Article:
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When the Greeks no longer took concerted action, but each state acted for itself alone, the Achaeans enjoyed their greatest power. For except Pellene no Achaean city had at any time suffered from tyranny, while the disasters of war and of pestilence touched Achaia less than any other part of Greece. So we have what was called the Achaean League, and the Achaeans had a concerted policy and carried out concerted actions.

[2] As a place of assembly they resolved to have Aegium, for, after Helice had been swallowed up by the sea, Aegium from of old surpassed in reputation the other cities of Achaia, while at the time it enjoyed great power. Of the remaining Greeks the Sicyonians were the first to join the Achaean League, and after the Sicyonians there entered it yet other Peloponnesians, some forthwith and others after an interval. Some too who lived outside the Isthmus were persuaded to join the Achaean League by its unbroken growth in power.

[3] Alone among the Greeks the Lacedaemonians were the bitter enemies of the Achaeans and openly carried on war against them. Pellene, a city of the Achaeans, was captured by Agis, the son of Eudamidas, who was king at Sparta; but he was immediately driven out by the Sicyonians under Aratus. Cleomenes, the son of Leonidas, the son of Cleonymus, king of the other royal house, won a decisive victory at Dyme over the Sicyonians under Aratus, who attacked him, and afterwards concluded a peace with the Achaeans and Antigonus.

[4] This Antigonus at the time ruled over the Macedonians, being the guardian of Philip, the son of Demetrius, who was still a boy. He was also a cousin of Philip, whose mother he had taken to wife. With this Antigonus then and the Achaeans Cleomenes made peace, and immediately broke all the oaths he had sworn by reducing to slavery Megalopolis, the city of the Arcadians. Because of Cleomenes and his treachery the Lacedaemonians suffered the reverse at Sellasia, where they1 were defeated by the Achaeans under Antigonus. In my account of Arcadia2 I shall again have occasion to mention Cleomenes.

[5] When Philip, the son of Demetrius, reached man's estate, and Antigonus without reluctance handed over the sovereignty of the Macedonians, he struck fear into the hearts of all the Greeks. He copied Philip, the son of Amyntas, who was not his ancestor but really his master, especially by flattering those who were willing to betray their country for their private advantage. At banquets he would give the right hand of friendship offering cups filled not with wine but with deadly poison, a thing which I believe never entered the head of Philip the son of Amyntas, but poisoning sat very lightly on the conscience of Philip the son of Demetrius.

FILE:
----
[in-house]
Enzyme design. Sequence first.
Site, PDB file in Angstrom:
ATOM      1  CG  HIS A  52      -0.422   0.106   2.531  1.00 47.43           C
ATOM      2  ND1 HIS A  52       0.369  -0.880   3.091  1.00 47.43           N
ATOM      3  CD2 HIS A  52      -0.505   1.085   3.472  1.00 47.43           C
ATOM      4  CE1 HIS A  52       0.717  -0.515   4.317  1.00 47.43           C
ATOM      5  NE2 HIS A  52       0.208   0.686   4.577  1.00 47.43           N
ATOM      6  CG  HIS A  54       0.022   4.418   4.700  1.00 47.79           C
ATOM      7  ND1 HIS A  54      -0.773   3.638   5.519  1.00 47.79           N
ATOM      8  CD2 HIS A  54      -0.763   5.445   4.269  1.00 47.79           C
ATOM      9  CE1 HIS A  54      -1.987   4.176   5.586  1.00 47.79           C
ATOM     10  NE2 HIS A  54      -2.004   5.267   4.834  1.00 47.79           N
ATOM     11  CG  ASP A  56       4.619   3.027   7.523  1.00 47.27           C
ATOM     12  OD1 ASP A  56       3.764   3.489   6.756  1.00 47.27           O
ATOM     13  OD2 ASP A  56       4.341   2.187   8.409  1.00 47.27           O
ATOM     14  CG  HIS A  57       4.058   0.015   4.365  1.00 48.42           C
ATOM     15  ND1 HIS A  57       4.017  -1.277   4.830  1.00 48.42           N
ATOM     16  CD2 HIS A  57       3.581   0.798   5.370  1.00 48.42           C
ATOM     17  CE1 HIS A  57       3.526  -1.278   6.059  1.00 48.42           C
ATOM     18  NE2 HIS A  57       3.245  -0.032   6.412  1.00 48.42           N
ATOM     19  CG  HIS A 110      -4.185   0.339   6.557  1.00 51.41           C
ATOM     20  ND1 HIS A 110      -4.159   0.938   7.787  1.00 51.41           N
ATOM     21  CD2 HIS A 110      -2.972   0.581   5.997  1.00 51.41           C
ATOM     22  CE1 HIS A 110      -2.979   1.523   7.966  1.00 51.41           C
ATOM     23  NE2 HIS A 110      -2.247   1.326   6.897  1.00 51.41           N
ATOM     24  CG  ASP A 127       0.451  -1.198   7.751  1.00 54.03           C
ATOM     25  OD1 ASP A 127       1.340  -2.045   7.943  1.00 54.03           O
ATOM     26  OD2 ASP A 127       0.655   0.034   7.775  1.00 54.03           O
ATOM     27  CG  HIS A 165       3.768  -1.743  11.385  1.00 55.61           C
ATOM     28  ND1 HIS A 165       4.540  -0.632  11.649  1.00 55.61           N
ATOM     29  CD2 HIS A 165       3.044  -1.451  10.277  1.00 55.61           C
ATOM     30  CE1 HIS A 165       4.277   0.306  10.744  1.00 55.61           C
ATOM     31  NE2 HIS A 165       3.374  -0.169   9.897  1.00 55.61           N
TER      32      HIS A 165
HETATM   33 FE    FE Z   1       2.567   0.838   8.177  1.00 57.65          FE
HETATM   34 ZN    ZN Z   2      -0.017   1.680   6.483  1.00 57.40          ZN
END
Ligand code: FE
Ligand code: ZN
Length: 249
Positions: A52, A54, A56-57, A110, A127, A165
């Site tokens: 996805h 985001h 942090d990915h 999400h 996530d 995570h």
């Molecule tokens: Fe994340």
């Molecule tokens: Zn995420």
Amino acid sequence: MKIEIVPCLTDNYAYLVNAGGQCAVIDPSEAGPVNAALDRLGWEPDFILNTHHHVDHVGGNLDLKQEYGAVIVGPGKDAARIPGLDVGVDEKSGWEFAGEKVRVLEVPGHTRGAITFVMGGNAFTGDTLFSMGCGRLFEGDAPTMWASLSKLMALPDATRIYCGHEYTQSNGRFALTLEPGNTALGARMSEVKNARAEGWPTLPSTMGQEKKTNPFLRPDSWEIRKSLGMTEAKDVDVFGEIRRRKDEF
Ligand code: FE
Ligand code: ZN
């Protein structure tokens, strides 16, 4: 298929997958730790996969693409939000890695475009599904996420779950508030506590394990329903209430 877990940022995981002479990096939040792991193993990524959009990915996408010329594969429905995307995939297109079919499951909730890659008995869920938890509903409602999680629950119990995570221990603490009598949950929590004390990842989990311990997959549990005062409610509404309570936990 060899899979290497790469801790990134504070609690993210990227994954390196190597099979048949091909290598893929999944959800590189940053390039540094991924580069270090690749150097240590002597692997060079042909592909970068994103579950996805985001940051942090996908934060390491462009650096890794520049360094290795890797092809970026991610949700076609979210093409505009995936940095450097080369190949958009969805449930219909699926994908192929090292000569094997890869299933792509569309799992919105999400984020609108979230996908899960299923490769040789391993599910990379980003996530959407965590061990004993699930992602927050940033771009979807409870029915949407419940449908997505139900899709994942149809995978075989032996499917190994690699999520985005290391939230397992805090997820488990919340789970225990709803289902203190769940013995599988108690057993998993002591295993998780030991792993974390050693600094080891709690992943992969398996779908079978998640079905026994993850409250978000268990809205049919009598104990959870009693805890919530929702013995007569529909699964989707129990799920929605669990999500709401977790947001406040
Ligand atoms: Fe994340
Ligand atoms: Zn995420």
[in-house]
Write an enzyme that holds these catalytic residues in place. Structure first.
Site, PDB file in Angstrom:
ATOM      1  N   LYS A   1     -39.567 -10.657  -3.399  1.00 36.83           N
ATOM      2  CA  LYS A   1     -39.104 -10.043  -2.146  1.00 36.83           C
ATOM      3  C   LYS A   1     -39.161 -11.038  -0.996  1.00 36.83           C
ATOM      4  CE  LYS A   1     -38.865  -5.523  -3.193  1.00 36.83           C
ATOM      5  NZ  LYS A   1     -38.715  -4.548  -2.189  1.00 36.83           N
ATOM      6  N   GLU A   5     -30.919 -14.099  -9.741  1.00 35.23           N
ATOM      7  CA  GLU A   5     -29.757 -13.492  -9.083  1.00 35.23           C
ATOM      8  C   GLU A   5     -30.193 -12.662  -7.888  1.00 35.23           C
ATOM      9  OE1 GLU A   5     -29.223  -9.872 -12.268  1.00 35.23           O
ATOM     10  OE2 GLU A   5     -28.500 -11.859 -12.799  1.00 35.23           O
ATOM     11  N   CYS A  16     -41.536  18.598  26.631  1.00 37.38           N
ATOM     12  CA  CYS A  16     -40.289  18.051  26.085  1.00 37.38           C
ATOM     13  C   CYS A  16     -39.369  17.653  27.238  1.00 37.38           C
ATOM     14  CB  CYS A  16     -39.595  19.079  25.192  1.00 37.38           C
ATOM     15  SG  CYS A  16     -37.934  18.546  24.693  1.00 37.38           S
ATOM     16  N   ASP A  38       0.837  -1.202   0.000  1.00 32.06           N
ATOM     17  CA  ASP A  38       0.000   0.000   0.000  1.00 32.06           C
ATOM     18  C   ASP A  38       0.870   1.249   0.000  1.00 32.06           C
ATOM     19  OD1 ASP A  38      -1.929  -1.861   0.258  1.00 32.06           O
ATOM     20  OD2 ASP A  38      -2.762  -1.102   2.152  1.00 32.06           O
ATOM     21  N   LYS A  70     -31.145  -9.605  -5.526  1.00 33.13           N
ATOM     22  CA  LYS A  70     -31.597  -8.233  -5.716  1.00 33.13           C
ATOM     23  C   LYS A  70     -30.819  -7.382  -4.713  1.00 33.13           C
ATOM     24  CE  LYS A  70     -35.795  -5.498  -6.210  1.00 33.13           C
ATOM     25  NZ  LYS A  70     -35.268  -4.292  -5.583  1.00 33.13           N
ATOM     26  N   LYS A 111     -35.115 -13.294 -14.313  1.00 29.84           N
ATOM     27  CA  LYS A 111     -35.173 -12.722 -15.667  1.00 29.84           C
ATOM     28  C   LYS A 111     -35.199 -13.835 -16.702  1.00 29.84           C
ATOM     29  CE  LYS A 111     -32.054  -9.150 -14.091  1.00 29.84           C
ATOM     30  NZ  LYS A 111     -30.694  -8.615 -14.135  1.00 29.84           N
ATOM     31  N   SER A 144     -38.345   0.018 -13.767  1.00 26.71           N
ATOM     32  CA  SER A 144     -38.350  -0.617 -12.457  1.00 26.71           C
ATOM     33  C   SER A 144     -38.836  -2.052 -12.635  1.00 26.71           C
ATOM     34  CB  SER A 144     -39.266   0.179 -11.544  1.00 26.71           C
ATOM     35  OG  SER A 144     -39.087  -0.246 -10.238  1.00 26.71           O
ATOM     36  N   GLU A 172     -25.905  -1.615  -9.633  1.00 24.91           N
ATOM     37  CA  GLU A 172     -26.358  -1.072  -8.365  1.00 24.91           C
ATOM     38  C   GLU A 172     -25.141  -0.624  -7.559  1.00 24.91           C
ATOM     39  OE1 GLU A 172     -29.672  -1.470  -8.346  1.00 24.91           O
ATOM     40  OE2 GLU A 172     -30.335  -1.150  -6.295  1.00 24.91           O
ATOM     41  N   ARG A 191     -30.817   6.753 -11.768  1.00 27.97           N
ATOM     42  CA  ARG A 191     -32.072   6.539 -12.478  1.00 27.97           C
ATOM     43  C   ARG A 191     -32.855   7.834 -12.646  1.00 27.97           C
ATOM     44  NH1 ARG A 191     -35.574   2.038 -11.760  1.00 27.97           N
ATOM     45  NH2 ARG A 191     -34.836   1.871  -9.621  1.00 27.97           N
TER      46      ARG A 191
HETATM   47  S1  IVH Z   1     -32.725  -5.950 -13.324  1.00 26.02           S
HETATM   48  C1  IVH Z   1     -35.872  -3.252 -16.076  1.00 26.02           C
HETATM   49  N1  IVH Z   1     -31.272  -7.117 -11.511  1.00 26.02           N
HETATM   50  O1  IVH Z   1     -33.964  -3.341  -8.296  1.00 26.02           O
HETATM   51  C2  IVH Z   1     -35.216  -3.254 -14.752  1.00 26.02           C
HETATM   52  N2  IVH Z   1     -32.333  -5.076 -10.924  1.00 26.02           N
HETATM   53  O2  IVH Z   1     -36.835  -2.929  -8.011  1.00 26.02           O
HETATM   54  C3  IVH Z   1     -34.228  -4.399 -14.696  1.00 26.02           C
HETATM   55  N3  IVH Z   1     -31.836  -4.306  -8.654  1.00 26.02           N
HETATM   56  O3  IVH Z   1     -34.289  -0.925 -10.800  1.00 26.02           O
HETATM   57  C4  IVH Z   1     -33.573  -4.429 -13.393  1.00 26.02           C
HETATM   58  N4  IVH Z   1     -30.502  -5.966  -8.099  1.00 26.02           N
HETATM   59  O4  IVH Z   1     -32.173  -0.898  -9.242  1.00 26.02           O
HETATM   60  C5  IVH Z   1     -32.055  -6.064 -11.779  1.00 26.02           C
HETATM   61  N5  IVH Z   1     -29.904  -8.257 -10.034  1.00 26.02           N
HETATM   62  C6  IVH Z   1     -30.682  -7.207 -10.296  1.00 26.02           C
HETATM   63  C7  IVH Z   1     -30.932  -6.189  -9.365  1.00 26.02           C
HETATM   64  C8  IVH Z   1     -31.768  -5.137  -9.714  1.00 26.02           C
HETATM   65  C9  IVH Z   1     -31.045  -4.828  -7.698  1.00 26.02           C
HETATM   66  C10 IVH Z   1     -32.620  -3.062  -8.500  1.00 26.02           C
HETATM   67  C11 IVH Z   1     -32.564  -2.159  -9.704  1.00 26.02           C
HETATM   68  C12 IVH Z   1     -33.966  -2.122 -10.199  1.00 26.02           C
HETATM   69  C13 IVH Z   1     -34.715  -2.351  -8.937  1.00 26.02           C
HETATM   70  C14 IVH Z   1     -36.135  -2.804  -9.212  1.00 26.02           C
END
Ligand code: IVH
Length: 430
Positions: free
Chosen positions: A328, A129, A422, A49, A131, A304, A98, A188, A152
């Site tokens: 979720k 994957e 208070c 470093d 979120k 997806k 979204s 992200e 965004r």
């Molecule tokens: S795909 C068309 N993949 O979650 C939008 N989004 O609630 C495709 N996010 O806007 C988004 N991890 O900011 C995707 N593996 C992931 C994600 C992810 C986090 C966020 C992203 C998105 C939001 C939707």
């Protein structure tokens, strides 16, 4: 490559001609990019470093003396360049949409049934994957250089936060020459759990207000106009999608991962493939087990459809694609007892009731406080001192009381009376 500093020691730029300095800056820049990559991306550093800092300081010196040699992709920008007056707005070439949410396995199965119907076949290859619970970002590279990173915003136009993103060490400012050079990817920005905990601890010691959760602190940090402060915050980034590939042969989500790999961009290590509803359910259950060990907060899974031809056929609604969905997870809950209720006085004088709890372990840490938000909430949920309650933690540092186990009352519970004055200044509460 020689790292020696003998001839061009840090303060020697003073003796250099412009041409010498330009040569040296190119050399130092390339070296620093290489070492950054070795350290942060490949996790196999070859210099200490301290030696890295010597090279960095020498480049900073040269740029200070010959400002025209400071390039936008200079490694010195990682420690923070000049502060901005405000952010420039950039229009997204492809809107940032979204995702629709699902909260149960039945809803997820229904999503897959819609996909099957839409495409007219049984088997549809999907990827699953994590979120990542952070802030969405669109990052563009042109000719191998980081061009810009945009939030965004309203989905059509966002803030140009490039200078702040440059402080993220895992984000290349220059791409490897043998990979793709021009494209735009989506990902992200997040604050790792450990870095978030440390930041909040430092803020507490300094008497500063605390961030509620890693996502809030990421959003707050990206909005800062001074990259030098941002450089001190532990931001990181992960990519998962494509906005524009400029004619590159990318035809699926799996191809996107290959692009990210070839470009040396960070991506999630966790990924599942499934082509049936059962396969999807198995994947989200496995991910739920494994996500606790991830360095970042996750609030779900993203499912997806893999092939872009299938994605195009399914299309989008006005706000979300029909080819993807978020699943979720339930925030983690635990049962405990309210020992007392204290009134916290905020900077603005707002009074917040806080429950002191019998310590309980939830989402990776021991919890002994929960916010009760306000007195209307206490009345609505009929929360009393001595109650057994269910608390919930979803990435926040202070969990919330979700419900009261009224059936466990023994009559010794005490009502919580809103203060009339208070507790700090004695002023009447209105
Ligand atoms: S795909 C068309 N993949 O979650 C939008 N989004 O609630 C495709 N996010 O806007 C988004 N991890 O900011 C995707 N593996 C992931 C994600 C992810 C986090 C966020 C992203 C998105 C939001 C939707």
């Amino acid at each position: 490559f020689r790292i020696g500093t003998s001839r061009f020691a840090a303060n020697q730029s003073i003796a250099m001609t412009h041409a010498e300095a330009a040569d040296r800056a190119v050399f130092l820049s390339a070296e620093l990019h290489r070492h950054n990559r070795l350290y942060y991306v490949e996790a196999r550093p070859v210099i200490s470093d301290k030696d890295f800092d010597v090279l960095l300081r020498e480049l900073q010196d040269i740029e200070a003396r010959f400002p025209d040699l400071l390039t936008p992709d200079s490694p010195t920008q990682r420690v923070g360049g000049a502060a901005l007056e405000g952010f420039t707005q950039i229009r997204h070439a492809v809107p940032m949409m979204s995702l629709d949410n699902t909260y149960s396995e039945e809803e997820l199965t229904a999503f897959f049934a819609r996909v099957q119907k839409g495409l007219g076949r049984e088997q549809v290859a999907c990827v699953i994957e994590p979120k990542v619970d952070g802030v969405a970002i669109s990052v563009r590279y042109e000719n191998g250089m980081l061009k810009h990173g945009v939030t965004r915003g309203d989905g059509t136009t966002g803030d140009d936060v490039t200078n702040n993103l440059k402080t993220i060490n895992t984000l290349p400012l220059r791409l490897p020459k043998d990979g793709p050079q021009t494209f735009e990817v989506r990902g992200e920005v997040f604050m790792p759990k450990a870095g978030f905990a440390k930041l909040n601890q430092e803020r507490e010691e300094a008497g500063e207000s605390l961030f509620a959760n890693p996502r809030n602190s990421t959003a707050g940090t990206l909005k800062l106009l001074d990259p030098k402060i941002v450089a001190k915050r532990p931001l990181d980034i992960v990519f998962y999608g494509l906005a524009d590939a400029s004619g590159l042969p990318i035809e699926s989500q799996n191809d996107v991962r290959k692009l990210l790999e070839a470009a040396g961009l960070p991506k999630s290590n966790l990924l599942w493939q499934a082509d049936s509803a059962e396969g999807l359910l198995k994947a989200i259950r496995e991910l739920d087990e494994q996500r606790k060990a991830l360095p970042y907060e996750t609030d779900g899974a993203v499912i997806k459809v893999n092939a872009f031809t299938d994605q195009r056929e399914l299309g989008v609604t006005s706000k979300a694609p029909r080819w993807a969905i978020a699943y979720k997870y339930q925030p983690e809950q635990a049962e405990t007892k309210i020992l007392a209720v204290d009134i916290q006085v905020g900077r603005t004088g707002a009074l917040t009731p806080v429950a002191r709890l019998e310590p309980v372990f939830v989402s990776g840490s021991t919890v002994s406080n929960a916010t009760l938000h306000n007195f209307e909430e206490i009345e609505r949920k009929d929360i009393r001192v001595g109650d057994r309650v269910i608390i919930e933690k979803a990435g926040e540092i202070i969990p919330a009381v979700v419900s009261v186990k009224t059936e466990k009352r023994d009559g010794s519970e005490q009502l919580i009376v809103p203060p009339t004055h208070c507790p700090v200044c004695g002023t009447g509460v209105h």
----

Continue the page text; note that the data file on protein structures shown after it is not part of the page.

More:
[6] He also occupied with garrisons three towns to be used as bases against Greece, and in his insolent contempt for the Greek people he called these cities the keys of Greece. To watch Peloponnesus Corinth was fortified with its citadel; to watch Euboea, the Boeotians and the Phocians, Chalcis on the Euripus; against the Thessalians themselves and the Aetolian people Philip occupied Magnesia at the foot of Mount Pelium. The Athenians especially and the Aetolians he harried with continual attacks and raids of bandits.

[7] Already, in my account of Attica3 I have described the alliances of Greeks and barbarians with the Athenians against Philip, and how the weakness of their allies urged the Athenians to seek help from Rome. A short time before, the Romans had sent a force ostensibly to help the Aetolians against Philip, but really more to spy on the condition of Macedonia.

[8] At the appeal of Athens the Romans despatched an army under Otilius, to give him the name by which he was best known. For the Romans differ from the Greeks in their being called, not by the names of their fathers, but by three names at least, if not more, given to each man. Otilius had received orders from the Romans to protect Athenians and Aetolians from war with Philip.

[9] Otilius carried out his orders up to a point, but displeased the Romans in certain of his acts. Hestiaea in Euboea and Anticyra in Phocis, which had been compelled to submit to Philip, he utterly destroyed. It was, I think, for this reason that the senate, when they heard the news, sent Flamininus to succeed Otilius in his command.

1 222 B.C.

2 See Paus. 8.27.5.

3 See Paus. 1.36.5.

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  • Cross-references to this page (1):
    • A Dictionary of Greek and Roman Antiquities (1890), COMA
  • Cross-references in notes from this page (2):
    • Pausanias, Description of Greece, 8.27.5
    • Pausanias, Description of Greece, 1.36.5
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